While, for defenders of the Volunteer Department it was a loyal, well-earned tribute to the folks who were willing to risk their lives for their town without a paycheck. However, it wasn’t an objective or well thought out appreciation of Julian’s extreme level of wildfire danger. One fact lost in all the hoopla was the over the top fire insurance town residents were looking at without adequate fire protection services in place.

Just so, Borrego residents, extremely dependent on local paramedical and ambulance services, are being forced, some begrudgingly by changes, the times, and costs of maintaining a fire/paramedic district to reconsider the advantageous of funding its own special district.

The Choices:

1. Community campaign to place a tax increase on the Nov. 8 ballot to raise the revenues needed to keep Borrego’s “own” locally funded and controlled Fire District with its own board of directors and fire chief in charge.

Note: The Proposed budget for 2021-22 is $1,945,111. This includes a projected contribution of revenue from ambulance transports of $250,000. When Julian joined the County Fire District, its budget went from $440,000 to $1.2 million.

2) Legally dissolve the Borrego District and negotiate a service contract with the County Fire District, coming under the authority of the County Board of Supervisors as the board of directors, and CalFire management.

The BSFPD Board of Directors, chaired by Brad Tidwell, a 20-year veteran of the board, believes Borrego is “Best served by and deserves its own Fire District.”

Therein lies the conundrum. Facts versus fiction, rumor versus reality; and practical versus personal feelings are coloring every context in which the future of the local fire district is discussed. The community needs to filter out the white noise, confirm the facts for itself, and objectively address the issues.

The biggest and most important piece of the puzzle to tease out is: Cost to taxpayers.

What’s needed first is a Performance Audit. In other words, what are the taxpayers getting for their money? As mentioned before, the Local Agency Formation Commission (LAFCO) does that, but on a rotational basis. According to Simmonds, the last time Borrego had a performance review was 16 years ago in 2007. Simmonds stated that Borrego is scheduled for a performance audit sometime in the next two years. This would be too late to evaluate the value of a tax increase; and the real cost of a first-class fire and emergency District, unless Borrego is able to pressure the agency to move up the schedule in advance of any ballot proposals.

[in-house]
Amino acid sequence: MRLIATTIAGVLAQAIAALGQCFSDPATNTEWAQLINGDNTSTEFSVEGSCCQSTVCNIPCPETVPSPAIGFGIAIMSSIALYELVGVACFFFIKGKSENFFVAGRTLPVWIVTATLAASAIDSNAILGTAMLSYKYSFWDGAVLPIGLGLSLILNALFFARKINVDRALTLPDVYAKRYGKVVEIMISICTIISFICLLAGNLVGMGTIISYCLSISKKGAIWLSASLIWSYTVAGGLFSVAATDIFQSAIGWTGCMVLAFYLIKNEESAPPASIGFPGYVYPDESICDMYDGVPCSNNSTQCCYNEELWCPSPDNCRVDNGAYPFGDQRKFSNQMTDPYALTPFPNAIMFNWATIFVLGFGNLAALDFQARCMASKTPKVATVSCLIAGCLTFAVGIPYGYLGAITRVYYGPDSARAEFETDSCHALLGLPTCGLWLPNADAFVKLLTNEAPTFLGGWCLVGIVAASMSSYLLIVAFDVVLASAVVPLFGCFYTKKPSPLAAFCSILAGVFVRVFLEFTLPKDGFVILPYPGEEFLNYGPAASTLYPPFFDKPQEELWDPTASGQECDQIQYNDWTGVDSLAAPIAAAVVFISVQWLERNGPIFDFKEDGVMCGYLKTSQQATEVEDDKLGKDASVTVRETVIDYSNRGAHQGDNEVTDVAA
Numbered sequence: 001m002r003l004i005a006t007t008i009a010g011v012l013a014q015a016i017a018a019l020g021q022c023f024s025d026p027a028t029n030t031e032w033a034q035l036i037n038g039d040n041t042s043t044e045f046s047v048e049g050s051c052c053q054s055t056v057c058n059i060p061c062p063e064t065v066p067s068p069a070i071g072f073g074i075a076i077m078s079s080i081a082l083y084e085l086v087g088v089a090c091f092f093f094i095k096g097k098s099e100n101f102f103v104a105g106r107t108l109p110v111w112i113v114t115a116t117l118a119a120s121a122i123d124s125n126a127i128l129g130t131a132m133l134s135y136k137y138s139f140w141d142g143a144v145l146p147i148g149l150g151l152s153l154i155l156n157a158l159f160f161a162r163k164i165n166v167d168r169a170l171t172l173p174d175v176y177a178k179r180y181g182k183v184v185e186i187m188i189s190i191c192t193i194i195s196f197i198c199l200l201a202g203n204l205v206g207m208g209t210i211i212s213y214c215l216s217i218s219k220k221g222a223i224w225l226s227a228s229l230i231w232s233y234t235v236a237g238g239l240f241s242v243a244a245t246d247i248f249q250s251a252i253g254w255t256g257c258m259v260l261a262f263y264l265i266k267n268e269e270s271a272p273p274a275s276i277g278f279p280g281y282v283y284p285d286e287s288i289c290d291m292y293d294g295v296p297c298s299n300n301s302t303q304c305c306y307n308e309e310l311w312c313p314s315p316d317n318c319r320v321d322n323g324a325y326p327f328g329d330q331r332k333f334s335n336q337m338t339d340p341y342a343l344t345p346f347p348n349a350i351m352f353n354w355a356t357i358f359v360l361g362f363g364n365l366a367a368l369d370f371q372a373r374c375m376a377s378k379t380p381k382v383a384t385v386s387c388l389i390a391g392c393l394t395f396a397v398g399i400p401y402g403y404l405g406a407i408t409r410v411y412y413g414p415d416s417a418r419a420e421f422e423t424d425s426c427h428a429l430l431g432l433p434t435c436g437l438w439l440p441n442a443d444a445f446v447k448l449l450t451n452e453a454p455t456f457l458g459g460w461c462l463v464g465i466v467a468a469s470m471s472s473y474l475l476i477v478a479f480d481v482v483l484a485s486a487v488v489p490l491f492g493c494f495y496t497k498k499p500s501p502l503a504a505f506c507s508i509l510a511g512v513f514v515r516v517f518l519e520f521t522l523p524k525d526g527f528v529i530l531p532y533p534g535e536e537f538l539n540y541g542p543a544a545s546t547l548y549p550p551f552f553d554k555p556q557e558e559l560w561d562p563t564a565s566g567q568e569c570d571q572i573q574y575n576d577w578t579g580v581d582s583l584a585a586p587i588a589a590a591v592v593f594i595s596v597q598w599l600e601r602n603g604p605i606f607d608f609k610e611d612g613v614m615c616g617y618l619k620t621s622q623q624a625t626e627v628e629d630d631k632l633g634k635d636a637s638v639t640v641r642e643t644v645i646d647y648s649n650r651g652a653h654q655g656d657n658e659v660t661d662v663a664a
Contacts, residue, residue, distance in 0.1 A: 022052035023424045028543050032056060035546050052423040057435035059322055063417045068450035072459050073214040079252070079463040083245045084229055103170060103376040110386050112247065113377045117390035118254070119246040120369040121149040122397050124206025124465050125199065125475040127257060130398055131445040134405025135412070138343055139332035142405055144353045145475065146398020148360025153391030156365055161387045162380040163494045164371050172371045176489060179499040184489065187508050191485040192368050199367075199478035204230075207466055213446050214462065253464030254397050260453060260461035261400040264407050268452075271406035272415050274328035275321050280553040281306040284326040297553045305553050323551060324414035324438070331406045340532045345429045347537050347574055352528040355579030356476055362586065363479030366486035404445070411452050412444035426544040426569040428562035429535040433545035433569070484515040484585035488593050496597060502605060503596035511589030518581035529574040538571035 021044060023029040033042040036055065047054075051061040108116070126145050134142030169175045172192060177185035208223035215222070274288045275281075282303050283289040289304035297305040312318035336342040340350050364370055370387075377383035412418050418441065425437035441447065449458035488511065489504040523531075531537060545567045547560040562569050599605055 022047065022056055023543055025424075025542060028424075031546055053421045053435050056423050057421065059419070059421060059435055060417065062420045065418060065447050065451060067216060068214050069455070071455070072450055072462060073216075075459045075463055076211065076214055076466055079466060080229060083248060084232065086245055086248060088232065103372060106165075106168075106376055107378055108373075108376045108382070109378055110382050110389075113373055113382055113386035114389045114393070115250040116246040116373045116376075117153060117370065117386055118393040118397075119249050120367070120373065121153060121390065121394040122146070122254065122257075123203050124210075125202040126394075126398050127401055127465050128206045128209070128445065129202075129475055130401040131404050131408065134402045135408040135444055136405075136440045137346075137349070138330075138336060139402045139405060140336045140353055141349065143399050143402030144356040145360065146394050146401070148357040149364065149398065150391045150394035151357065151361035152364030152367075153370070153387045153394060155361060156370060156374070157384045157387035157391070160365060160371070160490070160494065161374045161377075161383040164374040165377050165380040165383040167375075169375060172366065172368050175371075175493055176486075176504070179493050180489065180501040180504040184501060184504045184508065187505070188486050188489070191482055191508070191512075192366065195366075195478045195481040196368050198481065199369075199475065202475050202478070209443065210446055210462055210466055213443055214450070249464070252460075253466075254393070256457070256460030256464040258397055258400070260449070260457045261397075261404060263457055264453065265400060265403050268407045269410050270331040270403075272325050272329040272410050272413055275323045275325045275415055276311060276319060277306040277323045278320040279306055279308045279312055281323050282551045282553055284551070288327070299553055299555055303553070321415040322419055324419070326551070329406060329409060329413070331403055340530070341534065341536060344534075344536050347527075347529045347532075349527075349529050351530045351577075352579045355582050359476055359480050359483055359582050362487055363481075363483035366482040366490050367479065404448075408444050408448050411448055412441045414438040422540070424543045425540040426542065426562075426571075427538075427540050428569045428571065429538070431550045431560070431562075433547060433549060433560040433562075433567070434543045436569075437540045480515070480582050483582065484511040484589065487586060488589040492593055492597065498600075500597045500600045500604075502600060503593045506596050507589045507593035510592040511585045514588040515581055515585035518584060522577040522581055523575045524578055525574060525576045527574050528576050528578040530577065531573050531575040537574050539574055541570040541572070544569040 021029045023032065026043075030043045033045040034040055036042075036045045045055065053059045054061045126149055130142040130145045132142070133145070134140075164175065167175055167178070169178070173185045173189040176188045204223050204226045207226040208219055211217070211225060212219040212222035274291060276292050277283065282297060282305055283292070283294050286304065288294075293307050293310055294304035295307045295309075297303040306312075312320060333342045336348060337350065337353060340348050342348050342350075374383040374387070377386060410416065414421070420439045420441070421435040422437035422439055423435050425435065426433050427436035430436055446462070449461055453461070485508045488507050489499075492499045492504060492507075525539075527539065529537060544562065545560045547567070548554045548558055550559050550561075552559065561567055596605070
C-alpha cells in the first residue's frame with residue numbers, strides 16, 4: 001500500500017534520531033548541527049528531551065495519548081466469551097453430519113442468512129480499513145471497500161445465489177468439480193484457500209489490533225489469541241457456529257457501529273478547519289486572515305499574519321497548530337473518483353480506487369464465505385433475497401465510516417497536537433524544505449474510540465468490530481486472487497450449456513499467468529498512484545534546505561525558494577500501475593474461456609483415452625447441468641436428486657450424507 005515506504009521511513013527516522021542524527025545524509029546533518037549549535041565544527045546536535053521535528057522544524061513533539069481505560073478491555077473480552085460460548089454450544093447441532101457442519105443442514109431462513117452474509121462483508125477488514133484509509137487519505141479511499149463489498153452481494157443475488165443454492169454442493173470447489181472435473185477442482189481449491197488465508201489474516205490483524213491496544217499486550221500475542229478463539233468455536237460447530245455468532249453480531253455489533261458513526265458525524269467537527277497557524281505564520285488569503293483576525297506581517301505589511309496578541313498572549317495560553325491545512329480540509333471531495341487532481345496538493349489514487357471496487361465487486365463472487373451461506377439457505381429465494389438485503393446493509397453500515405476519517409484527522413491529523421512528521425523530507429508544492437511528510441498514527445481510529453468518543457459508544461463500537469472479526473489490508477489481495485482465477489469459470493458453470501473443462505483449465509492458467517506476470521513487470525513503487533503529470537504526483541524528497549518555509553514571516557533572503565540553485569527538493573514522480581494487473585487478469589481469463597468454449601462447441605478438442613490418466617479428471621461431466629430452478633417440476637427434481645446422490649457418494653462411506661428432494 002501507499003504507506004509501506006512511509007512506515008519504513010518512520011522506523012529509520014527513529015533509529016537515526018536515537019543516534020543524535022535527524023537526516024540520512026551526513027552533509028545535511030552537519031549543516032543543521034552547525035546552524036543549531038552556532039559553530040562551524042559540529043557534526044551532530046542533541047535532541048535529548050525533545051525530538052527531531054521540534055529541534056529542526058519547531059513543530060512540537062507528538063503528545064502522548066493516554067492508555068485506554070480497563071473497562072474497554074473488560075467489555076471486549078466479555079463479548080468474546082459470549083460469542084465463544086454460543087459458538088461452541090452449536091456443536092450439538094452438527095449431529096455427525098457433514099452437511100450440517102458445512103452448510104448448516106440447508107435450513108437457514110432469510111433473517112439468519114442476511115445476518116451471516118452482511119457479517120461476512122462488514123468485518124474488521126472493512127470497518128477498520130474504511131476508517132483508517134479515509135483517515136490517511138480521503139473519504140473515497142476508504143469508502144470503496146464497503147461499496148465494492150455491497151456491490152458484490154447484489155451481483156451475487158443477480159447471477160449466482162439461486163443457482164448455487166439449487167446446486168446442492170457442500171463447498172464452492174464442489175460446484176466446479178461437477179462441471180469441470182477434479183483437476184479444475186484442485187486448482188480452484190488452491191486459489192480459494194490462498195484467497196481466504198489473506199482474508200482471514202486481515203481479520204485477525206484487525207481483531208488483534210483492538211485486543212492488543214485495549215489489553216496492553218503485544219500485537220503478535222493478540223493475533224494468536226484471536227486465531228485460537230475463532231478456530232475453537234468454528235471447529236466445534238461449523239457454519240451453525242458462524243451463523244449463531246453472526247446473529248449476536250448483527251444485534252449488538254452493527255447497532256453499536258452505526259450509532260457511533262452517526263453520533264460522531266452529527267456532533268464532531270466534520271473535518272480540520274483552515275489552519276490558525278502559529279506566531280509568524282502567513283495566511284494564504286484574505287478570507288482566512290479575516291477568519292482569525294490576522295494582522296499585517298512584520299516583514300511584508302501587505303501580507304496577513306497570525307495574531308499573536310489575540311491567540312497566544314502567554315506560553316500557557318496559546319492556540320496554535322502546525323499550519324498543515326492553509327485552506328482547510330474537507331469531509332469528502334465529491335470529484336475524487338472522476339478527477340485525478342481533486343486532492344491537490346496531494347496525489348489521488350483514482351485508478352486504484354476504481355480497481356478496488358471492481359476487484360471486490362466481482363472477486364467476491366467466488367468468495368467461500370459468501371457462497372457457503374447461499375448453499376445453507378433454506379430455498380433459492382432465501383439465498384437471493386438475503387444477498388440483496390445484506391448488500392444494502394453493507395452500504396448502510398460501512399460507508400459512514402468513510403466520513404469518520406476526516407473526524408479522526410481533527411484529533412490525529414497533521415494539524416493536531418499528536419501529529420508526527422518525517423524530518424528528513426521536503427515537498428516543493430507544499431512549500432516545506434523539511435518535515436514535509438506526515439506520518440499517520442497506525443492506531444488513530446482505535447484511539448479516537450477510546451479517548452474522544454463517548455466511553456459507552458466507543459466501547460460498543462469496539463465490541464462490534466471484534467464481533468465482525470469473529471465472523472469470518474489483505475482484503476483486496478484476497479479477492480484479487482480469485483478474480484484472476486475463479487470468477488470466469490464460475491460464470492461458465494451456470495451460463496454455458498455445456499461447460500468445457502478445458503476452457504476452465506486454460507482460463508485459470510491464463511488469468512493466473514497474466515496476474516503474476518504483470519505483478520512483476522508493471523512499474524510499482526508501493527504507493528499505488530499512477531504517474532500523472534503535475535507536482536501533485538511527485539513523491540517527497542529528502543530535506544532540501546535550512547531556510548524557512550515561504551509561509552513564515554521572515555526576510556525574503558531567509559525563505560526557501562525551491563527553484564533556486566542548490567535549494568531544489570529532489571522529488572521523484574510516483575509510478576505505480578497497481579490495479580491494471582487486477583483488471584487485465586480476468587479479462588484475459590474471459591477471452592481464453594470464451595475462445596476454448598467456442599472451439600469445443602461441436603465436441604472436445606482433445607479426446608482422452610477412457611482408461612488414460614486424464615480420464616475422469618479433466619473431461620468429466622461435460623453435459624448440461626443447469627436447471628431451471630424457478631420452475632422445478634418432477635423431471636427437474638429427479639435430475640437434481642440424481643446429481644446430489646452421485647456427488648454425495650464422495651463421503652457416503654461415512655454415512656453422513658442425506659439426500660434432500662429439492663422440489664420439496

The Ballot Measure:

Any tax increases under discussion for the ballot will not solve the salary and personnel retention problems. Specifically, the District cannot afford to compete with the County Fire District’s pension and retirement programs.

A tax increase as proposed, according to BSFPD Chief John Hardcastle, will not solve the District’s inability to improve its response times, or put another ambulance on the road, or immediately purchase the new vehicles that have long passed the warranty.

It will, however, keep the district from closing down the ambulance service and provide some salary incentives. It will also keep the District intact, as a Special District, locally funded and controlled.

San Diego County Fire Protection District:

- Removes local tax assessment for the BSFPD;

- Brings all employees up to CAL/FIRE salaries, and benefits; (CALFIRE salaries and benefits, including pension are 50% over what Borrego Springs Fire Protection District pays);

- Recommends a budget increase of at least $750,000;

- Funds the operation of two fully staffed ambulances, rather than the one currently operated by the District;

- Buys or replaces the aged vehicles;

- And, suggests financing a new fire station that meets County codes.

Nothing above are promises, they represent discussions about what CALFIRE would recommend for Borrego Springs. The actual terms of service and capital funding must be negotiated with all stakeholders: The community, Board of Directors, Firefighters Association; and the County Board of Supervisors.

The result is an official contract with the county spelling out in detail the funding, services and capital replacements/ improvements to be funded.

Some have worried, “Can we count on the county to keep its promises?”

Does anyone doubt the County’s ability to provide Sheriffs’ protection? Besides having Supervisor Desmond, a huge advocate of the community on the County Fire District Board, Courts are prone to enforce county contracts.

When it comes to another question, “Whether the County will run out of money in the future?”, one might just as well suggest that will happen when “The Earthquake” causes the Pacific Plate on which Borrego Springs sits to be set adrift in the Pacific Ocean, separated from the North American Plate and Continent.

Enough with silly questions. It’s your decision Borrego; choose well. The facts are out there, they just have to be communicated; and the decision regarding the future of the community’s fire and paramedic emergency services is debated.

Facts: Borrego Springs Fire Protection District was founded in 1961;2004 was the first tax increase ballot proposition; 2018 was the second attempt by the District to raise taxes.